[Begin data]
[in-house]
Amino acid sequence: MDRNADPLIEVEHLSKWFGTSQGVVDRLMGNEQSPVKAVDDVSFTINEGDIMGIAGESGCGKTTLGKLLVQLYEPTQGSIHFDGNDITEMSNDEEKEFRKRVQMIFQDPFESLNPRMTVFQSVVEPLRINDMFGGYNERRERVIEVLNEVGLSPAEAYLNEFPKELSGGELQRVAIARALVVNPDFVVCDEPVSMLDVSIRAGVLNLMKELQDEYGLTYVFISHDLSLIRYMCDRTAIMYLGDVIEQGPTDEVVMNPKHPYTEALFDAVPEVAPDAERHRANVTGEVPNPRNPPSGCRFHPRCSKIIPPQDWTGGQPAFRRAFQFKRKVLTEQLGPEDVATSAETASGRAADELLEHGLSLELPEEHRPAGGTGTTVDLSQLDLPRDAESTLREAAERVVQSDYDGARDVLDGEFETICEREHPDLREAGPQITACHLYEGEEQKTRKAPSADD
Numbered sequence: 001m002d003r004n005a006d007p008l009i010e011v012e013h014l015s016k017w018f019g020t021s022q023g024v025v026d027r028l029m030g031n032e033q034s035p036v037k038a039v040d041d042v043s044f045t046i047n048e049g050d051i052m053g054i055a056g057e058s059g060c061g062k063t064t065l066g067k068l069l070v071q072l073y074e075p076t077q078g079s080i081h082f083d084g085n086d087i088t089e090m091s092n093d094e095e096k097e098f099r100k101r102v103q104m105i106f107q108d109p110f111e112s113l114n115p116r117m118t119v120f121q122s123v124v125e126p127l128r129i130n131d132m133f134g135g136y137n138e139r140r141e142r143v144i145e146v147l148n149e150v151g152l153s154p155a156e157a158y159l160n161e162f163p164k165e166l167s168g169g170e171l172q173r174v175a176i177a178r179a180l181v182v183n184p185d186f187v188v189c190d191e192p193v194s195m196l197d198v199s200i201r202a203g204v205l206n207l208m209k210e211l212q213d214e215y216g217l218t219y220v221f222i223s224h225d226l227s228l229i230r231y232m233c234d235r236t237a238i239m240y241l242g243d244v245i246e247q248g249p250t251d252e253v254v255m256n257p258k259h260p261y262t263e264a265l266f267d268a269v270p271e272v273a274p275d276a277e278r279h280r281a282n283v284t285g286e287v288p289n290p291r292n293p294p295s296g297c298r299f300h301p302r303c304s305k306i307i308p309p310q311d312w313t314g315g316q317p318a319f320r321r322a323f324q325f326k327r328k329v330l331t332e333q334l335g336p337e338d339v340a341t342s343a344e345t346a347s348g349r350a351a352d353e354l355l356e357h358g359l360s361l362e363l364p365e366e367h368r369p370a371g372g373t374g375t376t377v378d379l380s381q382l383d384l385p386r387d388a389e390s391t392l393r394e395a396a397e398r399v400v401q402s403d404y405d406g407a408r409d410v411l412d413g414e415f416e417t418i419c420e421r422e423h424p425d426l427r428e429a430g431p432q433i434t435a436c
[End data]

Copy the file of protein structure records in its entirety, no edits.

[in-house]
Amino acid sequence: MDRNADPLIEVEHLSKWFGTSQGVVDRLMGNEQSPVKAVDDVSFTINEGDIMGIAGESGCGKTTLGKLLVQLYEPTQGSIHFDGNDITEMSNDEEKEFRKRVQMIFQDPFESLNPRMTVFQSVVEPLRINDMFGGYNERRERVIEVLNEVGLSPAEAYLNEFPKELSGGELQRVAIARALVVNPDFVVCDEPVSMLDVSIRAGVLNLMKELQDEYGLTYVFISHDLSLIRYMCDRTAIMYLGDVIEQGPTDEVVMNPKHPYTEALFDAVPEVAPDAERHRANVTGEVPNPRNPPSGCRFHPRCSKIIPPQDWTGGQPAFRRAFQFKRKVLTEQLGPEDVATSAETASGRAADELLEHGLSLELPEEHRPAGGTGTTVDLSQLDLPRDAESTLREAAERVVQSDYDGARDVLDGEFETICEREHPDLREAGPQITACHLYEGEEQKTRKAPSADD
Numbered sequence: 001m002d003r004n005a006d007p008l009i010e011v012e013h014l015s016k017w018f019g020t021s022q023g024v025v026d027r028l029m030g031n032e033q034s035p036v037k038a039v040d041d042v043s044f045t046i047n048e049g050d051i052m053g054i055a056g057e058s059g060c061g062k063t064t065l066g067k068l069l070v071q072l073y074e075p076t077q078g079s080i081h082f083d084g085n086d087i088t089e090m091s092n093d094e095e096k097e098f099r100k101r102v103q104m105i106f107q108d109p110f111e112s113l114n115p116r117m118t119v120f121q122s123v124v125e126p127l128r129i130n131d132m133f134g135g136y137n138e139r140r141e142r143v144i145e146v147l148n149e150v151g152l153s154p155a156e157a158y159l160n161e162f163p164k165e166l167s168g169g170e171l172q173r174v175a176i177a178r179a180l181v182v183n184p185d186f187v188v189c190d191e192p193v194s195m196l197d198v199s200i201r202a203g204v205l206n207l208m209k210e211l212q213d214e215y216g217l218t219y220v221f222i223s224h225d226l227s228l229i230r231y232m233c234d235r236t237a238i239m240y241l242g243d244v245i246e247q248g249p250t251d252e253v254v255m256n257p258k259h260p261y262t263e264a265l266f267d268a269v270p271e272v273a274p275d276a277e278r279h280r281a282n283v284t285g286e287v288p289n290p291r292n293p294p295s296g297c298r299f300h301p302r303c304s305k306i307i308p309p310q311d312w313t314g315g316q317p318a319f320r321r322a323f324q325f326k327r328k329v330l331t332e333q334l335g336p337e338d339v340a341t342s343a344e345t346a347s348g349r350a351a352d353e354l355l356e357h358g359l360s361l362e363l364p365e366e367h368r369p370a371g372g373t374g375t376t377v378d379l380s381q382l383d384l385p386r387d388a389e390s391t392l393r394e395a396a397e398r399v400v401q402s403d404y405d406g407a408r409d410v411l412d413g414e415f416e417t418i419c420e421r422e423h424p425d426l427r428e429a430g431p432q433i434t435a436c